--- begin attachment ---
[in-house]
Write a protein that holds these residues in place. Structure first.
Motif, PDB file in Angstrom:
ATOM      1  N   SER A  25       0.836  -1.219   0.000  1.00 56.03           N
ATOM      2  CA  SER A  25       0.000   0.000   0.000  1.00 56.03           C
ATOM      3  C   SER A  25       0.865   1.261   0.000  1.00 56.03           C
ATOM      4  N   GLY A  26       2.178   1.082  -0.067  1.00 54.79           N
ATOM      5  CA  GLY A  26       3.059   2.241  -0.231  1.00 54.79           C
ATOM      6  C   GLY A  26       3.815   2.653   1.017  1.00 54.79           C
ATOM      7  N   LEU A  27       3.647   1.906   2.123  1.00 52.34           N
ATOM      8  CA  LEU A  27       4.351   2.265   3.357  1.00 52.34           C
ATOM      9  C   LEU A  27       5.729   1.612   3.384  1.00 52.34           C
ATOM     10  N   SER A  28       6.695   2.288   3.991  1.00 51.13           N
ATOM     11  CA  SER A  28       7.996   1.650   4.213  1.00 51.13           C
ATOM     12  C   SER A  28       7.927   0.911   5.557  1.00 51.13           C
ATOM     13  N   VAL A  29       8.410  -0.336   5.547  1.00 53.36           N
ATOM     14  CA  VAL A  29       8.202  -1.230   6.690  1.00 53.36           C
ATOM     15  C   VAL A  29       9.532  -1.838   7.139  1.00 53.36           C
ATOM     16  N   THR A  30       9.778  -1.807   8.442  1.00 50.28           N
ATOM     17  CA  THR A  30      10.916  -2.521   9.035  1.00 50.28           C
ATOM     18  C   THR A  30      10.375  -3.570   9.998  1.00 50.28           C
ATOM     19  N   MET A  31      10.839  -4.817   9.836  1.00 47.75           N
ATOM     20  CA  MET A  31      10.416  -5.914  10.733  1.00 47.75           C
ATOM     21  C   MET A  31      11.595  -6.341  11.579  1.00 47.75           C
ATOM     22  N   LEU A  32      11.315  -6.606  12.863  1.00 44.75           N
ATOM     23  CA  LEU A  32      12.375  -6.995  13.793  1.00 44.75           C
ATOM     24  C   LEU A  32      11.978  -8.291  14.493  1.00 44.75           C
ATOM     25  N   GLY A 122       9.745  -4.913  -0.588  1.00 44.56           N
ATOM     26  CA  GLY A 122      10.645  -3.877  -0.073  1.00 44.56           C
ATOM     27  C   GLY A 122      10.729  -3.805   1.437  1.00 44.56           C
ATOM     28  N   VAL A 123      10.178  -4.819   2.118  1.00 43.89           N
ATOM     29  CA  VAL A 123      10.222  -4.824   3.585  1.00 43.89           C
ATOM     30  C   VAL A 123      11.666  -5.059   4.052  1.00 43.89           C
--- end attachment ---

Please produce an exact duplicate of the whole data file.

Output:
[in-house]
Write a protein that holds these residues in place. Structure first.
Motif, PDB file in Angstrom:
ATOM      1  N   SER A  25       0.836  -1.219   0.000  1.00 56.03           N
ATOM      2  CA  SER A  25       0.000   0.000   0.000  1.00 56.03           C
ATOM      3  C   SER A  25       0.865   1.261   0.000  1.00 56.03           C
ATOM      4  N   GLY A  26       2.178   1.082  -0.067  1.00 54.79           N
ATOM      5  CA  GLY A  26       3.059   2.241  -0.231  1.00 54.79           C
ATOM      6  C   GLY A  26       3.815   2.653   1.017  1.00 54.79           C
ATOM      7  N   LEU A  27       3.647   1.906   2.123  1.00 52.34           N
ATOM      8  CA  LEU A  27       4.351   2.265   3.357  1.00 52.34           C
ATOM      9  C   LEU A  27       5.729   1.612   3.384  1.00 52.34           C
ATOM     10  N   SER A  28       6.695   2.288   3.991  1.00 51.13           N
ATOM     11  CA  SER A  28       7.996   1.650   4.213  1.00 51.13           C
ATOM     12  C   SER A  28       7.927   0.911   5.557  1.00 51.13           C
ATOM     13  N   VAL A  29       8.410  -0.336   5.547  1.00 53.36           N
ATOM     14  CA  VAL A  29       8.202  -1.230   6.690  1.00 53.36           C
ATOM     15  C   VAL A  29       9.532  -1.838   7.139  1.00 53.36           C
ATOM     16  N   THR A  30       9.778  -1.807   8.442  1.00 50.28           N
ATOM     17  CA  THR A  30      10.916  -2.521   9.035  1.00 50.28           C
ATOM     18  C   THR A  30      10.375  -3.570   9.998  1.00 50.28           C
ATOM     19  N   MET A  31      10.839  -4.817   9.836  1.00 47.75           N
ATOM     20  CA  MET A  31      10.416  -5.914  10.733  1.00 47.75           C
ATOM     21  C   MET A  31      11.595  -6.341  11.579  1.00 47.75           C
ATOM     22  N   LEU A  32      11.315  -6.606  12.863  1.00 44.75           N
ATOM     23  CA  LEU A  32      12.375  -6.995  13.793  1.00 44.75           C
ATOM     24  C   LEU A  32      11.978  -8.291  14.493  1.00 44.75           C
ATOM     25  N   GLY A 122       9.745  -4.913  -0.588  1.00 44.56           N
ATOM     26  CA  GLY A 122      10.645  -3.877  -0.073  1.00 44.56           C
ATOM     27  C   GLY A 122      10.729  -3.805   1.437  1.00 44.56           C
ATOM     28  N   VAL A 123      10.178  -4.819   2.118  1.00 43.89           N
ATOM     29  CA  VAL A 123      10.222  -4.824   3.585  1.00 43.89           C
ATOM     30  C   VAL A 123      11.666  -5.059   4.052  1.00 43.89           C